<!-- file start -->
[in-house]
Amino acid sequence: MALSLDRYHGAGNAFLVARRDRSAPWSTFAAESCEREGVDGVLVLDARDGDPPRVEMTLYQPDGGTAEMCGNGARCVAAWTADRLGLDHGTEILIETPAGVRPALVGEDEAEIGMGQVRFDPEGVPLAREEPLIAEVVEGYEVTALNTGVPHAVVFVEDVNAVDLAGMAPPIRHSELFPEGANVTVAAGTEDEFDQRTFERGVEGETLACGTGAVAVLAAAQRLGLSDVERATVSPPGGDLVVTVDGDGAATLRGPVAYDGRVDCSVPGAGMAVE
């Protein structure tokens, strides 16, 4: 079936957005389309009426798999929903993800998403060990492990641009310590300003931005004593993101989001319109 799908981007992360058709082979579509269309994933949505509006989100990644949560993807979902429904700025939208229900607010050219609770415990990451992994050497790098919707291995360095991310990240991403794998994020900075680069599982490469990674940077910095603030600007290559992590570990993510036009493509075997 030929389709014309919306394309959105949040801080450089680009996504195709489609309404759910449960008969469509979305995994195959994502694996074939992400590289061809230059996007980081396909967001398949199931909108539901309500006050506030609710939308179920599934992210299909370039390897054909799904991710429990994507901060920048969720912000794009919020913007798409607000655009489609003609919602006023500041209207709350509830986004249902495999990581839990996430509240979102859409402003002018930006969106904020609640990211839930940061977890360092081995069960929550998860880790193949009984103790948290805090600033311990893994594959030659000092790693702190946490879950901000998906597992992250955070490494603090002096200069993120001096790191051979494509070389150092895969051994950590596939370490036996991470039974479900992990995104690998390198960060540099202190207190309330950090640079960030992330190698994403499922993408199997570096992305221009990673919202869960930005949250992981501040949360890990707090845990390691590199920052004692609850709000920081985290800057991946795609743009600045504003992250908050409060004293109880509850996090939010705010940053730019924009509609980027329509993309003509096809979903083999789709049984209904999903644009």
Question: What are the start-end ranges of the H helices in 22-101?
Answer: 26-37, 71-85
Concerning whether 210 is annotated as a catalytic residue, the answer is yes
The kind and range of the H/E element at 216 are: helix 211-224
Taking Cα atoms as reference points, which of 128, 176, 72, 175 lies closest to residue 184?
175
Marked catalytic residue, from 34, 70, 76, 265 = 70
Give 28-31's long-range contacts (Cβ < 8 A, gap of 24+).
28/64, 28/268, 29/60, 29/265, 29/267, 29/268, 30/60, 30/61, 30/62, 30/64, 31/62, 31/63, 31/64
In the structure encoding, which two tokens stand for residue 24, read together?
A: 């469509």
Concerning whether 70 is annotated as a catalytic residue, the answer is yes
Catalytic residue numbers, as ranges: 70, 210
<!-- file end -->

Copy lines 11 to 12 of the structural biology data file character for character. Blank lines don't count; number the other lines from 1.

Give 28-31's long-range contacts (Cβ < 8 A, gap of 24+).
28/64, 28/268, 29/60, 29/265, 29/267, 29/268, 30/60, 30/61, 30/62, 30/64, 31/62, 31/63, 31/64